Wednesday, May 26, 2010

Book 29: South of Broad

I think Pat Conroy is a  gifted storyteller. The Great Santini is, I think, my favorite of his books.  When I first started South of Broad I was listening to it as an mp3 download.  The audiobook was great, the narrator did an excellent job with it, but Pat Conroy is almost a lyricist, and I wanted to read and savor the words, so I bought the book and read all but the first fifty pages.

The story starts on 16 June 1969 in Charleston, South Carolina and tells the story of Leopold Bloom King and his family and friends through the next twenty odd years.  Readers of James Joyce will recognize both the name Leopold Bloom and the significance of the 16 June date.

Upon hearing that I was reading South of Broad, one friend commented that her grandmother had read the book and said it was not as dark as some of his others but that she knew no one in Charleston, let alone a teenaged male, who talked like Leo King.  I think that is a very accurate statement.  In fact, it was the one thing that grated on me throughout the story, the only part that didn't feel authentic.

I loved the story. Conroy talks of the languid south, it's outward charm and interior rigid rules in beautiful prose.  He paints wonderful pictures of his characters and settings, and he uses a handful of words that I must seek out in a dictionary to have their full context.  

That being said, one thing that Conroy does extremely well is show both the beauty and the bowels of life.  His characters always have layers of complexity to them.  And some of them have horrific dark stories to tell- often occurring in childhood and instilling in them demons they fight or run from for the rest of their lives.  Yet Conroy does it all with a degree of dignity, evoking sympathy from the reader for the characters.

AIDS in the homosexual community in the 1980's becomes a central part of the story, the catalyst bringing together in a new way a group of friends who have been close for twenty years.  It reminded me of the early news I remember hearing of the AIDS epidemic.  I was young at the time.  No one really knew what it was. There was a lot of speculation around exactly how it was transmitted.  I remember people thinking it was a scourge to homosexuals, and I remember more than one person saying that the gays deserved this punishment for their lifestyle.  People began rethinking that when they realized AIDS doesn't discriminate on gender or lifestyle.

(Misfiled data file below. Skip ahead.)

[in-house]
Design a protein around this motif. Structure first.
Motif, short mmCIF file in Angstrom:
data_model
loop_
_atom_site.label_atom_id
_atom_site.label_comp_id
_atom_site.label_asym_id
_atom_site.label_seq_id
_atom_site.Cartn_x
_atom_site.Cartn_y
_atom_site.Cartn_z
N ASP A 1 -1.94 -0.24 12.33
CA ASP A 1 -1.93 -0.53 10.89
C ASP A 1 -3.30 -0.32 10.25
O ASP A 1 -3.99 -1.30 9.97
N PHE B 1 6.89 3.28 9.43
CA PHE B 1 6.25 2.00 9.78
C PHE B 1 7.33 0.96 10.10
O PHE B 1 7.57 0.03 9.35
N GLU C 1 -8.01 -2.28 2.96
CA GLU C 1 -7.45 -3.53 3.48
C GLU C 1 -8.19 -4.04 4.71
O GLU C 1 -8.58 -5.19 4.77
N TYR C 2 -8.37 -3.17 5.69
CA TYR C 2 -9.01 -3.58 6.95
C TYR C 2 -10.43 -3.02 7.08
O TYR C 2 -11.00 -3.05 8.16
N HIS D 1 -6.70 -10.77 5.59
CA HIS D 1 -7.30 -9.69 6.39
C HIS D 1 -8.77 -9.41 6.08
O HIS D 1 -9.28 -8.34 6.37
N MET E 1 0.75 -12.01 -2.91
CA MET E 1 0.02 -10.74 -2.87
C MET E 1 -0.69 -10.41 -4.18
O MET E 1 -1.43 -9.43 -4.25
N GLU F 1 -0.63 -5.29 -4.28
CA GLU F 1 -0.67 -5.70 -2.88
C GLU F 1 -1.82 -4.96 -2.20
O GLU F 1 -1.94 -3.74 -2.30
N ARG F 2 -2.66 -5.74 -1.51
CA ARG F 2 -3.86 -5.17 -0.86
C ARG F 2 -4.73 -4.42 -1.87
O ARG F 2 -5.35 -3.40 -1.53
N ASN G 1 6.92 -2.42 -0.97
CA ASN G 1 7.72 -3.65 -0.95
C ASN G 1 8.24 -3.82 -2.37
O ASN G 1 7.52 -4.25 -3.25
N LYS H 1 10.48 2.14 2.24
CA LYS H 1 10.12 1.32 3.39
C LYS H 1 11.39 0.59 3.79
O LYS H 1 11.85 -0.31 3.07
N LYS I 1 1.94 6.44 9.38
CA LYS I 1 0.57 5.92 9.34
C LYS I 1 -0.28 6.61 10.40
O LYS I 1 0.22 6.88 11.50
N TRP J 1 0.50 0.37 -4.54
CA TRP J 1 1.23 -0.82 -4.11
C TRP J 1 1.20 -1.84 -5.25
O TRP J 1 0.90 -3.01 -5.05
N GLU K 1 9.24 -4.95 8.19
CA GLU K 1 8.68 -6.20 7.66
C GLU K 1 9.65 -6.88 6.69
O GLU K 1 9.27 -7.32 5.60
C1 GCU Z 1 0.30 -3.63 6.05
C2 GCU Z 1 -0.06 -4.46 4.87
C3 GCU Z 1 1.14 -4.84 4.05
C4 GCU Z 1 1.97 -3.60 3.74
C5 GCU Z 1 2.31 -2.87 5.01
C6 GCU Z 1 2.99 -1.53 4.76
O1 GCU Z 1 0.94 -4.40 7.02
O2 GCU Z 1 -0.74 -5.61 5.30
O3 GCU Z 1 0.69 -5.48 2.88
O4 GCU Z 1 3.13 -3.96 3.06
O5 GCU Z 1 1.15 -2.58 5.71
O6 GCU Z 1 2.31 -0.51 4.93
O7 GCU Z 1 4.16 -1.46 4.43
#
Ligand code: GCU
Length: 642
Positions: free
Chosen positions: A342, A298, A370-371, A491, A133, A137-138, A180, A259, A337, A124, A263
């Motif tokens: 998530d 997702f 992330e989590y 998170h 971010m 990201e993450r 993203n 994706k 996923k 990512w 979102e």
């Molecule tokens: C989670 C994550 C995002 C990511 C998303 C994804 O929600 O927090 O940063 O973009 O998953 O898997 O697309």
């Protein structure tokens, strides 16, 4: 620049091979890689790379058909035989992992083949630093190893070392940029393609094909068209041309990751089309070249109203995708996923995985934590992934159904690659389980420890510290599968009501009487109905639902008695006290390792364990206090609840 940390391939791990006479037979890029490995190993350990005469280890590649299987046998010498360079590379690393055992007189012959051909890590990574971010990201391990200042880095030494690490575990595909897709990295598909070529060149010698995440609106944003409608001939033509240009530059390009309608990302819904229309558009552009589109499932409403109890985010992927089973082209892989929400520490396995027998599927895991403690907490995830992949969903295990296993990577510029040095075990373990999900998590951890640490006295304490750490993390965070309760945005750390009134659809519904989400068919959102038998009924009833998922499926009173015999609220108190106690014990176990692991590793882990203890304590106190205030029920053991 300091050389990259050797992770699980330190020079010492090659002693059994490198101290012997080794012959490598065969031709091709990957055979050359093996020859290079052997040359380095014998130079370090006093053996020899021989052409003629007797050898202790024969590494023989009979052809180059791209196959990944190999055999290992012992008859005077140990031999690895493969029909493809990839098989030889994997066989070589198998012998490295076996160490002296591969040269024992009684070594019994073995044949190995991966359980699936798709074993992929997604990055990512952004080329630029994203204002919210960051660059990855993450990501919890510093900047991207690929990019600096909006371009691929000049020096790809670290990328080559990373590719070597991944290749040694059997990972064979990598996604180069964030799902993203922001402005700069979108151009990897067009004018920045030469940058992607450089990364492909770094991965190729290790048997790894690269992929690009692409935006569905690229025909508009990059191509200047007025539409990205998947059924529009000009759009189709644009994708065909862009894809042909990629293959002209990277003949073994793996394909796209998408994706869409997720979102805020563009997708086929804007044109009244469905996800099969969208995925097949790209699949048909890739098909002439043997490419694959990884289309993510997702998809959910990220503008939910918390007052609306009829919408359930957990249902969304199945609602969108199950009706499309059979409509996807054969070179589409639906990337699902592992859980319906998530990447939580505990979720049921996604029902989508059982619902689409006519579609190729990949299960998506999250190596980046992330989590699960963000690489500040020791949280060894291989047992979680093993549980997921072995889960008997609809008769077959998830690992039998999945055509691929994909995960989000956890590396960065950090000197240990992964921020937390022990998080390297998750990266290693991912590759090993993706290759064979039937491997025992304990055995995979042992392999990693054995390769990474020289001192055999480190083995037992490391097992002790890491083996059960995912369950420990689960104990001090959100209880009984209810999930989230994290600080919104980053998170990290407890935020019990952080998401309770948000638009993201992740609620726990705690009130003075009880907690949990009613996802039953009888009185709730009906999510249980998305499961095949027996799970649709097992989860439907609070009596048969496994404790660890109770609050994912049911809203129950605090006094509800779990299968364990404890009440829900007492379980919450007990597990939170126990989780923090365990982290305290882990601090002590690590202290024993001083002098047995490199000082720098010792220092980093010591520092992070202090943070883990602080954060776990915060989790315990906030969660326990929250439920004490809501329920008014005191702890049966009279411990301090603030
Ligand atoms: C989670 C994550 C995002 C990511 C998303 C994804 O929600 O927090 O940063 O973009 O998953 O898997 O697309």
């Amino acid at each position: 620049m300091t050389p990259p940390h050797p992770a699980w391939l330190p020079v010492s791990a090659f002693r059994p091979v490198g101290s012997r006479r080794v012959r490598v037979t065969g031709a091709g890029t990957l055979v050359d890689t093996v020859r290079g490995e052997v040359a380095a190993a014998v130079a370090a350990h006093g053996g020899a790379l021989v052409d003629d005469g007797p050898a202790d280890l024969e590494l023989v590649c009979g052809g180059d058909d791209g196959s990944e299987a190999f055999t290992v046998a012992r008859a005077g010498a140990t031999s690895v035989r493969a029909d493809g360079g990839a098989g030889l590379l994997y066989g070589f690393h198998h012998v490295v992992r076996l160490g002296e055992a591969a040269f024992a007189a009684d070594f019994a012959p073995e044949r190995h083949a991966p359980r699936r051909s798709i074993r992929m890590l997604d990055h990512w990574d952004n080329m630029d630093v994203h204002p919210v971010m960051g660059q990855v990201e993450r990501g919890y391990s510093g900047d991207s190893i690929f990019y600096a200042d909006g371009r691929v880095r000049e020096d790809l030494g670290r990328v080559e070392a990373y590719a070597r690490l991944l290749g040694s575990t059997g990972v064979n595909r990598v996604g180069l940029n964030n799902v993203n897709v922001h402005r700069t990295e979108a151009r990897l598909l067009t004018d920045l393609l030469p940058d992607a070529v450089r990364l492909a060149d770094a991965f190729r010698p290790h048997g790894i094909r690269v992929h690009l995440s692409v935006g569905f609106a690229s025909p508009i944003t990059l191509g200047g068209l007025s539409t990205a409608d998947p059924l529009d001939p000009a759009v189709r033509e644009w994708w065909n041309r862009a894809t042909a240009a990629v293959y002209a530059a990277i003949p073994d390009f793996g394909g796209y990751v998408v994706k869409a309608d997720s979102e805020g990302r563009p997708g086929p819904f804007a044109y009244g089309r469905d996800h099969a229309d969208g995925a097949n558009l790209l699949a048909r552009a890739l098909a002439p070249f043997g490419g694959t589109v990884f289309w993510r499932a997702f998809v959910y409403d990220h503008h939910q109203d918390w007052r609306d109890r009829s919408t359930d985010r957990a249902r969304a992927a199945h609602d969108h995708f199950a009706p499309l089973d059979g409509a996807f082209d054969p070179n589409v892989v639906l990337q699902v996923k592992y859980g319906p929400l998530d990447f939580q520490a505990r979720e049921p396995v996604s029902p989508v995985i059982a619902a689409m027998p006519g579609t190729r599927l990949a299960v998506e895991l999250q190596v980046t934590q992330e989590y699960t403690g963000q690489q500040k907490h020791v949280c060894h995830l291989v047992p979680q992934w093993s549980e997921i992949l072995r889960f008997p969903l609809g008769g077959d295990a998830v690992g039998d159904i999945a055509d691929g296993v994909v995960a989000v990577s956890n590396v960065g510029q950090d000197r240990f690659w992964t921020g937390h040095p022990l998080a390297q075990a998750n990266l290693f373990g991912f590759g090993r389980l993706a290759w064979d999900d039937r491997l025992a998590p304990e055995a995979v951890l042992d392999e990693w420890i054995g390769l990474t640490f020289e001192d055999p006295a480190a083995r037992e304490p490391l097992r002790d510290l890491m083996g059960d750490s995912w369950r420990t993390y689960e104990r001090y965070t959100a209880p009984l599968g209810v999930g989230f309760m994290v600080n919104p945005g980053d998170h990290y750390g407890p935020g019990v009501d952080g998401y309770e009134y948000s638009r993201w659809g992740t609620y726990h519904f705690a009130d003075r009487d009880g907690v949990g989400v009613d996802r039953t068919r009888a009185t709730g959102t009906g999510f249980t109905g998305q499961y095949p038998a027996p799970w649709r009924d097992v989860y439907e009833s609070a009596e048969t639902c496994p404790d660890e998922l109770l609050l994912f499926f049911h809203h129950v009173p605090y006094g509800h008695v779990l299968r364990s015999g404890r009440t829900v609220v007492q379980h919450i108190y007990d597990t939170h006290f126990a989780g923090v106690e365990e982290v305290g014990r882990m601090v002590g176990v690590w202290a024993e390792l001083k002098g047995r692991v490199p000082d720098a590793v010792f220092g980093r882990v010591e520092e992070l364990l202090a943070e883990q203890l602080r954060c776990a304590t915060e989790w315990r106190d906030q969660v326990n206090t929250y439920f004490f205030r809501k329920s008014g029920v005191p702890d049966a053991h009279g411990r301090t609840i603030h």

I was too young in the mid to late 1980's to appreciate the horridness of this disease, the lives it destroyed and the way in which the disease ravages its victims.  Conroy portrayed this sensitively, authentically, and with compassion.  

This tribe of friends, a motley crew  if one ever existed, met in high school under an array of extenuating circumstances. Yet their friendship survived all kinds of things.  I miss that.  I have some friends I have known for a number of years with whom I am still very close.  But not a tribe, where we all know each other and are a part of each others' lives. For me, these friends are quite compartmentalized. This friendship, in its deep, combustible way will last throughout the lives of its characters.

All in all, South of Broad was an engrossing read, a good story. Darkness and light, laughter and tragedy, much like life itself.  Fans of Conroy will certainly enjoy.

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